Thursday, 23 May 2013

In Lille...

I took the 1804 train from St Pancras International to Lille. Not a bad journey, although the ride was totally different from when the train departed from Waterloo on the south bank of the Thames. What's so different? Quite a lot. It's almost as if you're constantly in tunnels, rather than out in the open countryside watching fields go by. As soon as the train departed the station it hit a tunnel and then we were in and out of them all the way to the Channel Tunnel – or Euro Tunnel as it's officially known. I was amazed at how quickly the train travelled from St Pancras to Stratford, in East London. It didn't stop, but it only seemed like five minutes and we'd gone from North London to East London.

If I'm honest, the journey was dull as I sat in seat 24, coach 16. It was a window seat that belonged to a woman who arrived shortly after the train had departed – or was she there before it left? I can't recall. Either way, I was sitting in her seat, seat 24 (mine was seat 23) but she officially had the window seat, although it wasn't a window seat, there was a wall. She let me stay put, which was good of her. Had it been me and had we been on an aeroplane, I'd have asked her to move, but she was pretty cool about it so I just sat there, trying to read, but giving up and thinking about a few private issues I've got at the moment. I won't bore you with them (unless, of course, you're one of the people I've already bored with them, like my brother, or my mum).
Room 309, the Carlton Hotel, Lille – very nice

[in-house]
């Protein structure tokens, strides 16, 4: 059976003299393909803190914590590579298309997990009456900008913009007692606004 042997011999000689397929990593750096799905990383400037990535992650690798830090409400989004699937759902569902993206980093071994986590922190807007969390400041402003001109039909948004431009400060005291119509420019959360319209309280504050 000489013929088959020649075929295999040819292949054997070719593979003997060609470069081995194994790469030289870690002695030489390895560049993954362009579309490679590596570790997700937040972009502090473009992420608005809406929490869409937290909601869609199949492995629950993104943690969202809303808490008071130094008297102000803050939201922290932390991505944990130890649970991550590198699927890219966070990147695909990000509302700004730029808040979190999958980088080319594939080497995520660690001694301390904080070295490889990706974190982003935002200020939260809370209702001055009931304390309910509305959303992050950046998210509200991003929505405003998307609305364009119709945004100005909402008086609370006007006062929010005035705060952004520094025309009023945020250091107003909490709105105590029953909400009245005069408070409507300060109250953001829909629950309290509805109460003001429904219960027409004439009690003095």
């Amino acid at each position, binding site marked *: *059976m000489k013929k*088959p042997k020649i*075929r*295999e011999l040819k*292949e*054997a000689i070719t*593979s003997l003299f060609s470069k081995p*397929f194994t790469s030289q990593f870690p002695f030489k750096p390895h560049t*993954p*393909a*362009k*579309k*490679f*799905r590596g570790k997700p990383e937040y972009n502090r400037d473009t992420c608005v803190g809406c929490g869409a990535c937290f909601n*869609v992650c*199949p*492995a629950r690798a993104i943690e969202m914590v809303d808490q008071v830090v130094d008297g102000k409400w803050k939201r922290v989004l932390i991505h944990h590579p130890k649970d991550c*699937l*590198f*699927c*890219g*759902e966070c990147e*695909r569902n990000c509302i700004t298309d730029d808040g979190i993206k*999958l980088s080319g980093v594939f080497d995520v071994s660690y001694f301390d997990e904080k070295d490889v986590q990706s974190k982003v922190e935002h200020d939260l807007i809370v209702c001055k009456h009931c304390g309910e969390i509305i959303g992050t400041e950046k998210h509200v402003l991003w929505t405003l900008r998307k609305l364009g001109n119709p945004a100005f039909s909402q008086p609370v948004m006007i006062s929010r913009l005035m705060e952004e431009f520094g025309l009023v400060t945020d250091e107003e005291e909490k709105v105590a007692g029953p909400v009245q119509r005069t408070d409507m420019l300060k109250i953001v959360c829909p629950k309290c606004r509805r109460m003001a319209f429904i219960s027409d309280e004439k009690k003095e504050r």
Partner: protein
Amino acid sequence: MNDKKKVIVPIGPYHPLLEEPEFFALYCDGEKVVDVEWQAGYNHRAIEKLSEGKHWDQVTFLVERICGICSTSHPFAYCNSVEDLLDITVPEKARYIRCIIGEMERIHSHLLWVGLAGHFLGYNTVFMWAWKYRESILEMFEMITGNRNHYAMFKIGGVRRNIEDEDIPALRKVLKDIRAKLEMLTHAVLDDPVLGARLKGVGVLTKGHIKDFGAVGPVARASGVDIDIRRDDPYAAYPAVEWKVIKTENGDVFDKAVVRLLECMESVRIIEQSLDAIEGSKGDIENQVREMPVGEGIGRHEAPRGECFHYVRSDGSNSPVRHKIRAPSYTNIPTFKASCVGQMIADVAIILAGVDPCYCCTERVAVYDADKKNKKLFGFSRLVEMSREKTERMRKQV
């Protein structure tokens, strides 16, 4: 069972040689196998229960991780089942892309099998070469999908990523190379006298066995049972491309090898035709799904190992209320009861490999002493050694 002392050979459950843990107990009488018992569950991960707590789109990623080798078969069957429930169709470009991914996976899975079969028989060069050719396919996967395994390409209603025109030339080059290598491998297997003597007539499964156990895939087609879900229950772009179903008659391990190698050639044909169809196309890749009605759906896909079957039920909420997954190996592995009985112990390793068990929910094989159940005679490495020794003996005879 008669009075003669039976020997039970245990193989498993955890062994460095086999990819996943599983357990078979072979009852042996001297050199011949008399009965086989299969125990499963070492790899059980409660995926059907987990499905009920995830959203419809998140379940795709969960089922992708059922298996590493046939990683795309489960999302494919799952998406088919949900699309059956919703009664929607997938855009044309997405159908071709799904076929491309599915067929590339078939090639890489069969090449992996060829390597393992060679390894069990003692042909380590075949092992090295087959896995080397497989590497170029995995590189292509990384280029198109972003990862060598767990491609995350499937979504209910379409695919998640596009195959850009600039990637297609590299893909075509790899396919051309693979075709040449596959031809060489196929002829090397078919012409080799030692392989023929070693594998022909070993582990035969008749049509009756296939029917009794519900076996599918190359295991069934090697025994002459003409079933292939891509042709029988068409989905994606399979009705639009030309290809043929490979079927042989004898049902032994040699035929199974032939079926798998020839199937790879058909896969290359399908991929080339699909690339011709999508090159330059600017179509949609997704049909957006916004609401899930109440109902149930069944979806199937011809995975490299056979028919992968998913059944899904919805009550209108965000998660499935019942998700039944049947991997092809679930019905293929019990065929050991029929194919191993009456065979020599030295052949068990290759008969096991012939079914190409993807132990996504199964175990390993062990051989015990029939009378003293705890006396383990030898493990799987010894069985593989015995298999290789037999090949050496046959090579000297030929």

The ride to Lille ain't far at all and soon the train arrived. I hadn't been here for a while, since around 2008, but I still kind of knew my way around. I left the station and crossed the vast expanse of concrete that runs underneath a road leading into town. I figured it would be easy to find the Carlton Hotel on the Rue de Paris, but it wasn't. Or rather it was. I jumped into a taxi and the driver told me it was just around the corner so I jumped out and went in search of it, eventually stopping and asking for directions from a shopkeeper. "Turn right, then right and then it's perpendicular," he said. I knew what he meant and soon I found it, turned right and followed a sign to the Carlton Hotel.

And very nice it was too. There's no restaurant, but who cares about that? The room was rather grandiose. Room 309 on the third floor. I took the lift and walked along the corridor, past a huge oil painting resting against a wall. The room was lovely in a Regency sort of way. Wooden floors – or are they laminate? A sofa, a flatscreen television, double bed, drapes, bathroom and toilet, very nice...but no restaurant. Not that I was complaining, I hate hotel restaurants (apart from Nobu in the Metropolitan, London or, oddly the one in the Holiday Inn, Essen, which I liked – great soup!).

Anyway, there was no restaurant so I was forced to go out. The receptionist recommended the Hippopotamus restaurant next door, but having worked as a foodservice journalist for some time, I knew it was a chain and went in search of something better. I found myself on the Place du General De Gaulle and a nice little place called Le Coq Hardi where I was guided upstairs by the waitress and sat at a table for one, twiddling my thumbs and wondering where to look – that's what you do when you don't have anybody to converse with or a book to read.